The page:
Trump-free Kennedy Center Honors avoids politics
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Buzz about President Trump’s absence dominated headlines leading up to the Kennedy Center Honors, but the annual event itself remained virtually politics-free, as Washington feted some of Hollywood’s most recognizable names.

“I am very appreciative that the president chose not to come because what happens is a beautiful night for all of us gets mired in politics, and controversy, and then it becomes about something else,” Gloria Estefan told reporters on the red carpet ahead of Sunday’s ceremony at the John F. Kennedy Center for the Performing Arts in Washington.

The “Get On Your Feet” singer was one of five entertainers — including legendary producer Norman Lear, singer Lionel Richie, dancer Carmen de Lavallade, and rapper LL Cool J — to receive the honor as part of the Kennedy Center’s 40th annual gala.

Bucking the tradition of a sitting president or first lady attending the prestigious awards ceremony, Trump opted to skip the festivities after several of the honorees, including Lear and Richie, suggested they might boycott a related reception at the White House typically hosted by the commander in chief.

The White House said in August that Trump and the first lady wouldn’t participate in the Honors to “allow the honorees to celebrate without any political distraction.”

“I believe in this country. I respect the office of the presidency very much. But I particularly would’ve wanted [Trump] to see an example of what an immigrant offers this country,” Estefan, who was born in Cuba, said.

“And it’s funny because he’s an immigrant,” the Grammy winner added of Trump. “Unless you’re Native American, you came from somewhere else. I think a lot of it is rhetoric and I ignore rhetoric.”

“I want to make sure that tonight, it’s about the arts,” LL Cool J, the first hip hop artist to receive the award, said when asked whether he’d engage in a conversation with Trump. “I don’t want to feed into any distractions and go left.”

But the “Mama Said Knock You Out” rapper and actor did weigh in on the current political climate, telling ITK, “I think that the overwhelming majority of this country is solid. I think that sometimes the fringes can be a little louder, and when the fringes are really loud — especially in an era of the internet and social media — the volume can seem a little more dialed up than it really is.”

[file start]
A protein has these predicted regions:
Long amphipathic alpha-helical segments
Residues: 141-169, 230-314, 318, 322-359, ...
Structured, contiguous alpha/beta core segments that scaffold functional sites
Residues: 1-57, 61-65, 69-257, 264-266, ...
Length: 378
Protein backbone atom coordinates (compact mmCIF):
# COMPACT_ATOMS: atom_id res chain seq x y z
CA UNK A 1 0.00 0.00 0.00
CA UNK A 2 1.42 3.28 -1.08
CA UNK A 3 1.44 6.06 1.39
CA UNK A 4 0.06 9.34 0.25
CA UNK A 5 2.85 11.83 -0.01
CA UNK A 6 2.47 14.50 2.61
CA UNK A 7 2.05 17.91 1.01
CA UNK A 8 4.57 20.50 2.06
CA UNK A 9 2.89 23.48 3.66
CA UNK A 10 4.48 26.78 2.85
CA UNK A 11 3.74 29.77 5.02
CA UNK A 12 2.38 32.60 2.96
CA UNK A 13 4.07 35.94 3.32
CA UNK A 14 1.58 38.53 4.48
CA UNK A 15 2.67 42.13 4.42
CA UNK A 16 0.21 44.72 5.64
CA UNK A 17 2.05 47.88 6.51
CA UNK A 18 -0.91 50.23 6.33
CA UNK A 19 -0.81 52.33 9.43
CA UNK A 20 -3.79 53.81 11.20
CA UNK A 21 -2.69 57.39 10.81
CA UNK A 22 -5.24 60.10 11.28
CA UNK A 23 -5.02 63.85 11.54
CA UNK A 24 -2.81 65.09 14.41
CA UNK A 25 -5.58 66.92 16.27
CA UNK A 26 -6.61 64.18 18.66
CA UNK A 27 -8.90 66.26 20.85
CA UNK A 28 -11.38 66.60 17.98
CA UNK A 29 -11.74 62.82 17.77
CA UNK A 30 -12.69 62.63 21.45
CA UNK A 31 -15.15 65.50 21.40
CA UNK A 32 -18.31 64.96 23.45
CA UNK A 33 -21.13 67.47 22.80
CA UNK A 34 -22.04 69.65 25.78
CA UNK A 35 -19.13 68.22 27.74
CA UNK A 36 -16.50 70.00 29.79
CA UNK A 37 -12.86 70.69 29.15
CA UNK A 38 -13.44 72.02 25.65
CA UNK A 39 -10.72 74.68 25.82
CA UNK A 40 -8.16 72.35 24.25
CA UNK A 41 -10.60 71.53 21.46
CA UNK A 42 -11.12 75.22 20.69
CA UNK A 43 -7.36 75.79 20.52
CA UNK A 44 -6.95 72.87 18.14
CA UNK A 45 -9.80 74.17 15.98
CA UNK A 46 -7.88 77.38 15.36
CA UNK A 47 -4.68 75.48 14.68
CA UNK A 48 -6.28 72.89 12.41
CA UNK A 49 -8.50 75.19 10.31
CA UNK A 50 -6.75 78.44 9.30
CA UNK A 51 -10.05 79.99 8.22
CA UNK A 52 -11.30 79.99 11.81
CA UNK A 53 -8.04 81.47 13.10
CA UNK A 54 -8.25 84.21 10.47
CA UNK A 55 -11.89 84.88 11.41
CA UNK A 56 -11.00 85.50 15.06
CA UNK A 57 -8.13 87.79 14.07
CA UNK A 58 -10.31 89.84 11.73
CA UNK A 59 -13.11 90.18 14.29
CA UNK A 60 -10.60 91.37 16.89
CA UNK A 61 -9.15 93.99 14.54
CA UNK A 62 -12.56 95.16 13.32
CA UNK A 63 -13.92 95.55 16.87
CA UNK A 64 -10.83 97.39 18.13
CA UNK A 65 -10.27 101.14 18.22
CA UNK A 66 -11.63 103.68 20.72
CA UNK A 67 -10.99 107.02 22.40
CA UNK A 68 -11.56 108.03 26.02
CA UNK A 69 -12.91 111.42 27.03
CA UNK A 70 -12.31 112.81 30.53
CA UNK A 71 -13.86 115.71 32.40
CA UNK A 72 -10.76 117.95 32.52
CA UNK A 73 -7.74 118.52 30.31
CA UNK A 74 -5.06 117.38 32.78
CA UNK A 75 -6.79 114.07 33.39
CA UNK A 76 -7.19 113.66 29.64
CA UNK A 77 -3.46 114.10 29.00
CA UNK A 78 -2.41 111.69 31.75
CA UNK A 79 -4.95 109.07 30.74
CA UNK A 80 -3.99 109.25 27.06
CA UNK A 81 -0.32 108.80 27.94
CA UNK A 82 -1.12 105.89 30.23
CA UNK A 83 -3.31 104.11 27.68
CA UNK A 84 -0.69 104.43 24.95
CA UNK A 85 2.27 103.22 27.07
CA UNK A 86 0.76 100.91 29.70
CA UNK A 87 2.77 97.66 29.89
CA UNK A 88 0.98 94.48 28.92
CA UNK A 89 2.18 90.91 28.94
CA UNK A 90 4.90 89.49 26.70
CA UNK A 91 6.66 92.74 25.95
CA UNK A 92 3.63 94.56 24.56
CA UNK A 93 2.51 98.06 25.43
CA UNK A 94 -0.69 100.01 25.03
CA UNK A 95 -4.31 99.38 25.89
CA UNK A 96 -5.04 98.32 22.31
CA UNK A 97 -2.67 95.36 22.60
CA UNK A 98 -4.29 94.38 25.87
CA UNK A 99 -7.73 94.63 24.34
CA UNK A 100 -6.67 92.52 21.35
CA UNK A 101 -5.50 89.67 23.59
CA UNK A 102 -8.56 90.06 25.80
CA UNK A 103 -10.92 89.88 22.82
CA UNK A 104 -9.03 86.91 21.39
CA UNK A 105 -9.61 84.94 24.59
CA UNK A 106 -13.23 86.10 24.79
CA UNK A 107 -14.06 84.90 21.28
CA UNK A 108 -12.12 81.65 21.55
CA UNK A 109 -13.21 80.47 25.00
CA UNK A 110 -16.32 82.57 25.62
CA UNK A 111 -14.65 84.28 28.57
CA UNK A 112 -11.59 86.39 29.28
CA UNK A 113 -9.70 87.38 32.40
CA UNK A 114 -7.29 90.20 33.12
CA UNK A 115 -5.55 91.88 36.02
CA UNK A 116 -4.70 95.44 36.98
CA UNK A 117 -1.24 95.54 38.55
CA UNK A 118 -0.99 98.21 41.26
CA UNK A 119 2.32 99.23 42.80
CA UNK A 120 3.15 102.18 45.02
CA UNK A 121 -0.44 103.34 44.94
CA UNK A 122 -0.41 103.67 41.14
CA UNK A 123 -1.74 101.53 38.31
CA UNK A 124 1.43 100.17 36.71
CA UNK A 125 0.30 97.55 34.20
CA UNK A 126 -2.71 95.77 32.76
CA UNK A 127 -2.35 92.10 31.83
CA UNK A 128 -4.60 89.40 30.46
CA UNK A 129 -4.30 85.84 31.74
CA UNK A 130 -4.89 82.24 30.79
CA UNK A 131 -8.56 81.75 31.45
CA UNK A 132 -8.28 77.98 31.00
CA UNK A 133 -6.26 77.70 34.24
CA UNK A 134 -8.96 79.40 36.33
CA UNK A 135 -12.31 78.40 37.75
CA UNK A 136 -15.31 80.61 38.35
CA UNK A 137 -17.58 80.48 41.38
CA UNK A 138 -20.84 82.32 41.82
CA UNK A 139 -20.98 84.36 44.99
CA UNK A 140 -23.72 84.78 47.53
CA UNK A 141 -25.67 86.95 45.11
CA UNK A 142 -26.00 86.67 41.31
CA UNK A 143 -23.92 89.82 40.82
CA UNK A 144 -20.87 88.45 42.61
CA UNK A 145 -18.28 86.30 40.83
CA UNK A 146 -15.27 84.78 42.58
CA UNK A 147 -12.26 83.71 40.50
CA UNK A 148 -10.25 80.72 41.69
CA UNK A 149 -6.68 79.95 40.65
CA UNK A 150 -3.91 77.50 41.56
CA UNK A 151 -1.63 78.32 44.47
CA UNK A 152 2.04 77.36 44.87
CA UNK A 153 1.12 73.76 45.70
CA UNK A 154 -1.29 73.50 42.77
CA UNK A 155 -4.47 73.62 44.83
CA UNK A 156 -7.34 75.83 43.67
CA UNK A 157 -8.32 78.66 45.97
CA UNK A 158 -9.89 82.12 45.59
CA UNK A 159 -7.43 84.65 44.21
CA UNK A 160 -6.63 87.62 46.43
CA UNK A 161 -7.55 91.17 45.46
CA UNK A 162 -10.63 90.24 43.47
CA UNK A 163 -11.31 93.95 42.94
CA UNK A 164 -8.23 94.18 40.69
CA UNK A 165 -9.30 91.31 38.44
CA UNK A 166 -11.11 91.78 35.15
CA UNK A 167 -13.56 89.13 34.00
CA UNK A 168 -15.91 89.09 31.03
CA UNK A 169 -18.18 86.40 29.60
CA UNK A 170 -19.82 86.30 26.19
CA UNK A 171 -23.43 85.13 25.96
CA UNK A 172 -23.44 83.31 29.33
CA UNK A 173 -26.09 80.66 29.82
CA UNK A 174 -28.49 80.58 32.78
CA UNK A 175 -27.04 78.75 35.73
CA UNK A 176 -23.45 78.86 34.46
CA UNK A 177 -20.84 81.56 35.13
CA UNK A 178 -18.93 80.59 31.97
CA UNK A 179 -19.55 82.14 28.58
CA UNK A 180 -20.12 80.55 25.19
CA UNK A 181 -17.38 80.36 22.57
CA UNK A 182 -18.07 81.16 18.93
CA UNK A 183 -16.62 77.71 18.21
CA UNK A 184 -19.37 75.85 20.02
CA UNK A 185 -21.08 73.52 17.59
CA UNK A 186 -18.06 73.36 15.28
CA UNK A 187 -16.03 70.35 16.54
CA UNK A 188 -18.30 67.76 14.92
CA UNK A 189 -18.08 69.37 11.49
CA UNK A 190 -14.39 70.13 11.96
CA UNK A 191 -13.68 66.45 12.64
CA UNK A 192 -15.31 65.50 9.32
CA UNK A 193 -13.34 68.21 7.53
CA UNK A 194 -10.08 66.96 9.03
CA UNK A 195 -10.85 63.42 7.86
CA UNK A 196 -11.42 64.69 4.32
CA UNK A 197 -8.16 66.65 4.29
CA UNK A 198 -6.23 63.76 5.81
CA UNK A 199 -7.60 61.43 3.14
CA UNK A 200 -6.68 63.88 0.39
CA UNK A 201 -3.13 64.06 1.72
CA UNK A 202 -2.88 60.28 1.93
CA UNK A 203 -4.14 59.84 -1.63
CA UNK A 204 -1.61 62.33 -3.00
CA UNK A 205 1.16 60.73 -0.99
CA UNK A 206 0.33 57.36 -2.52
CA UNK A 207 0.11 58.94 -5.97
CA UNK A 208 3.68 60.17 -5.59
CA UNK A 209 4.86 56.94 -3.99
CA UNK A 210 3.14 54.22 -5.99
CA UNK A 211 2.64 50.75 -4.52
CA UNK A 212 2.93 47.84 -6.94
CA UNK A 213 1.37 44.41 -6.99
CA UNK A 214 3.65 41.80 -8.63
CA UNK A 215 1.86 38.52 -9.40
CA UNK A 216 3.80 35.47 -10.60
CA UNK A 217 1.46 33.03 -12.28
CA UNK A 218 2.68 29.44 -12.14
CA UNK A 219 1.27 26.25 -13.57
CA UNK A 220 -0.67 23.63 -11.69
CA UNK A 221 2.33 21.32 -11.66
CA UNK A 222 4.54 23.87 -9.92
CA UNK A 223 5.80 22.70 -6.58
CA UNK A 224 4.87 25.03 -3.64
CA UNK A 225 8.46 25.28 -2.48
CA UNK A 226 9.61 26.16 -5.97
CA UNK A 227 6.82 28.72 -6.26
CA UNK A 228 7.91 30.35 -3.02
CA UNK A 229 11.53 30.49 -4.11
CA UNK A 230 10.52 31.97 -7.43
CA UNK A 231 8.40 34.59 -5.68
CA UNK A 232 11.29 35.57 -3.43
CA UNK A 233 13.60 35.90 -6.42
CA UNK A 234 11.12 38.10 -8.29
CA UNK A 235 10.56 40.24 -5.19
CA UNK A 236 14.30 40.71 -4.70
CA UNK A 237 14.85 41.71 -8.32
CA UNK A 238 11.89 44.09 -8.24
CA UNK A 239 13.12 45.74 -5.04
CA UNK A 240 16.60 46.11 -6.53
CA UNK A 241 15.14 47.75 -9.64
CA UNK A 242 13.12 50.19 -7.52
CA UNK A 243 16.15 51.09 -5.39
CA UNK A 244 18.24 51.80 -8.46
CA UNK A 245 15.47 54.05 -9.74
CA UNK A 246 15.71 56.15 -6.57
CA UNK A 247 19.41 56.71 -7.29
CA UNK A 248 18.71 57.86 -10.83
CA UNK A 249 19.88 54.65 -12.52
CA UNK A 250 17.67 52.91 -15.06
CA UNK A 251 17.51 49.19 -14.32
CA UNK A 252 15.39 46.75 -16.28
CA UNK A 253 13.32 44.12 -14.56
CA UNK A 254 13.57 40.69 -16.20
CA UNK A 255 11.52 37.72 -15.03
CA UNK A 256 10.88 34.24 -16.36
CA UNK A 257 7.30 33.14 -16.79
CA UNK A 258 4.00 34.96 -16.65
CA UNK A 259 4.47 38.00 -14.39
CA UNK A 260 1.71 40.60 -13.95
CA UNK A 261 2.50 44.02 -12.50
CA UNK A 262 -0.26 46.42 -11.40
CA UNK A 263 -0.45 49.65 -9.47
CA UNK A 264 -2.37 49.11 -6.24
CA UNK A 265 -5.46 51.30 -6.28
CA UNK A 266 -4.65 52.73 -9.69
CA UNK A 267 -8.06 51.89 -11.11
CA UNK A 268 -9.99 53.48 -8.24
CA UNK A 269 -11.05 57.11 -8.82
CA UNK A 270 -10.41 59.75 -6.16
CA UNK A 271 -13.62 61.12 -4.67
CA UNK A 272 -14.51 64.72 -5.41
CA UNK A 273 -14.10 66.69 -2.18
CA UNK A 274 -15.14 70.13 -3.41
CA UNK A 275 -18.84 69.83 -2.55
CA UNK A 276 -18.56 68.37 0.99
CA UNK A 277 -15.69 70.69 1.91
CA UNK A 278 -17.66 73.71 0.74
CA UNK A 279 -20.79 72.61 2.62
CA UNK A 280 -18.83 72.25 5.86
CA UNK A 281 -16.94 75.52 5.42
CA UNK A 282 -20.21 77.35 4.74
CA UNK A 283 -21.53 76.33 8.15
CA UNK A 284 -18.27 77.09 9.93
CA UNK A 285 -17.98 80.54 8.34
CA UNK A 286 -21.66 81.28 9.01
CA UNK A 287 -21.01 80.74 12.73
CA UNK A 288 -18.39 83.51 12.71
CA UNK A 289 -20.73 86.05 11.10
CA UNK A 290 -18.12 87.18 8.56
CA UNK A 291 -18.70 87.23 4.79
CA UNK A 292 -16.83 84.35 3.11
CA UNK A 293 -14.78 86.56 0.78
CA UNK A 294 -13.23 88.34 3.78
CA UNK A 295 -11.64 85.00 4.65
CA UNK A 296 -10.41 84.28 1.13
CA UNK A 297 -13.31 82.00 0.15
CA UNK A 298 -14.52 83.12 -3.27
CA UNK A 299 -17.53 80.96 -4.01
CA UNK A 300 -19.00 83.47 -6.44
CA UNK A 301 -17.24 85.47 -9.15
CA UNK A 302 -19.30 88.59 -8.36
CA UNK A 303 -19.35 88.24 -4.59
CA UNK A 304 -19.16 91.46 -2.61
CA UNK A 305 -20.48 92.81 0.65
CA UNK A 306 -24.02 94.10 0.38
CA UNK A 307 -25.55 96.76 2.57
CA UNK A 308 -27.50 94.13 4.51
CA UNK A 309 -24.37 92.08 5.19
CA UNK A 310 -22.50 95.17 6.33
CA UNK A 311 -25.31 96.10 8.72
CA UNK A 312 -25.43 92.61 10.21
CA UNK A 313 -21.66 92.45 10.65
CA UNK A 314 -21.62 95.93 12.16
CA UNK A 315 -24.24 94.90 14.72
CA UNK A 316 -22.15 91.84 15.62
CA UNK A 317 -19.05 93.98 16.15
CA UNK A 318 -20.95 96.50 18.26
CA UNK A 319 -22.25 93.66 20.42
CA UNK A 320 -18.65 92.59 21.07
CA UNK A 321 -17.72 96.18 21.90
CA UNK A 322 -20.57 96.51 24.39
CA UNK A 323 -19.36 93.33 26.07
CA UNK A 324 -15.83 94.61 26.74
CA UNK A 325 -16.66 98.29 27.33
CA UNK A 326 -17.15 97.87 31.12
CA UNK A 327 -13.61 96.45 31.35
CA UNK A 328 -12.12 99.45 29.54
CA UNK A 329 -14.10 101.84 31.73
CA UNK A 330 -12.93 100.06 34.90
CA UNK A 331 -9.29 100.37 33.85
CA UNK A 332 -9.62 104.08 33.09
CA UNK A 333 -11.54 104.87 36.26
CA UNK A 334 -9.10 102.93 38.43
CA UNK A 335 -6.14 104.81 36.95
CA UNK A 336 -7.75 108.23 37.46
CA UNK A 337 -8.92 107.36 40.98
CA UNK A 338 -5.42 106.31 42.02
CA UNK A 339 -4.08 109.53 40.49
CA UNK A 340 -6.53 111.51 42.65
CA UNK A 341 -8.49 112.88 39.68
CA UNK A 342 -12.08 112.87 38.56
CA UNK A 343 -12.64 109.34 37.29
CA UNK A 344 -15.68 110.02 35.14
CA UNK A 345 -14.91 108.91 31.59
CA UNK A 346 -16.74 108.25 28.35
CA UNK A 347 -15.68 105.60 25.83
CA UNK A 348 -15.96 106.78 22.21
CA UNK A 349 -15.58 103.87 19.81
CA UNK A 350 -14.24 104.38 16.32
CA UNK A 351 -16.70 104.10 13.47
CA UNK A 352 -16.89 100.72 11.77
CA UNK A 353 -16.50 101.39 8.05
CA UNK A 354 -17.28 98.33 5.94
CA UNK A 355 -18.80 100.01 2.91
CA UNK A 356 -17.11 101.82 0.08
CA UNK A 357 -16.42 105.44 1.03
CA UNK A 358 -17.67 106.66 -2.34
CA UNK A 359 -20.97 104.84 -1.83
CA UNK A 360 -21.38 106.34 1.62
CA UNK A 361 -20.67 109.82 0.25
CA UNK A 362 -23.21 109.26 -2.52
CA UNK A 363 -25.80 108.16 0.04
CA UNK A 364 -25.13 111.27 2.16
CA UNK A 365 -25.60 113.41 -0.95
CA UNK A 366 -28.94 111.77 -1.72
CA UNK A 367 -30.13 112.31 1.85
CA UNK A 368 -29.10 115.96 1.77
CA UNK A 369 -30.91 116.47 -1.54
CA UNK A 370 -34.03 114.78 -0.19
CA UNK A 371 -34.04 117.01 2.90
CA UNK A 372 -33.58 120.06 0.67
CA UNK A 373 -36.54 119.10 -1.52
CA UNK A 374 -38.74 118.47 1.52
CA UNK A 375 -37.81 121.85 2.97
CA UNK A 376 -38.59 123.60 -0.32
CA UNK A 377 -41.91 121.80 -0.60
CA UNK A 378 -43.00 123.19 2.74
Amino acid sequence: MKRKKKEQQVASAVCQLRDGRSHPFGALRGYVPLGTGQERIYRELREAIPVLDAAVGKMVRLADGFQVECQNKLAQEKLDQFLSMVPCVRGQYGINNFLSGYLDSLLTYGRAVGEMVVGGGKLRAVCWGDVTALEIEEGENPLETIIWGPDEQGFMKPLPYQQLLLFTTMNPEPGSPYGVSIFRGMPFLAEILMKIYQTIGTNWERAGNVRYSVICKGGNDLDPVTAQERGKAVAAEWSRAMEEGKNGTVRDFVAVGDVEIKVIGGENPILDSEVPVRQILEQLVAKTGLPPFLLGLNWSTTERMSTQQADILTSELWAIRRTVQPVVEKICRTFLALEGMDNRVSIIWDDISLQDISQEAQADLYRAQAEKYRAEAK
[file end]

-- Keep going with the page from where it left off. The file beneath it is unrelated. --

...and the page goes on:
Darryl “D.M.C.” McDaniels, of rap group Run D.M.C. fame, wore his message on his sleeve, sporting a shirt on the red carpet that read: “ Censorship is Un-American.”

“It’s about freedom of speech. Saying what is supposed to be said that is the truth. And a lot of times, in this day and age, when you speak the truth, people say you’re a hater. But I’m not being a hater,” McDaniels said.

As a handler for Lionel Richie attempted to pull him away from journalists on the red carpet, the “All Night Long” singer quipped, “But I’m gonna announce I’m running for president!”

When ITK inquired whether he’d be making a 2020 White House bid, he exclaimed with a smile, “Never!”

“Artists really are political animals,” Kennedy Center President Deborah Rutter told ITK when asked about all the political chatter surrounding this year’s ceremony. “They hold the mirror up to us,” Rutter continued, “and they reflect back to us who we are and what’s going on in society.”

The show itself, which is poised to be broadcast Dec. 26 on CBS, was almost entirely devoid of any political talk. “Desperate Housewives” alum Eva Longoria, singers Chaka Khan, Becky G. and Jon Secada, and Estefan’s daughter, Emily, helped perform a tribute to the Cuban-American performer.

Director J.J. Abrams kicked off a celebration of 95-year-old Lear’s life, saying the “All in the Family” creator and People for the American Way founder is “brilliant, but more important, he’s honorable.”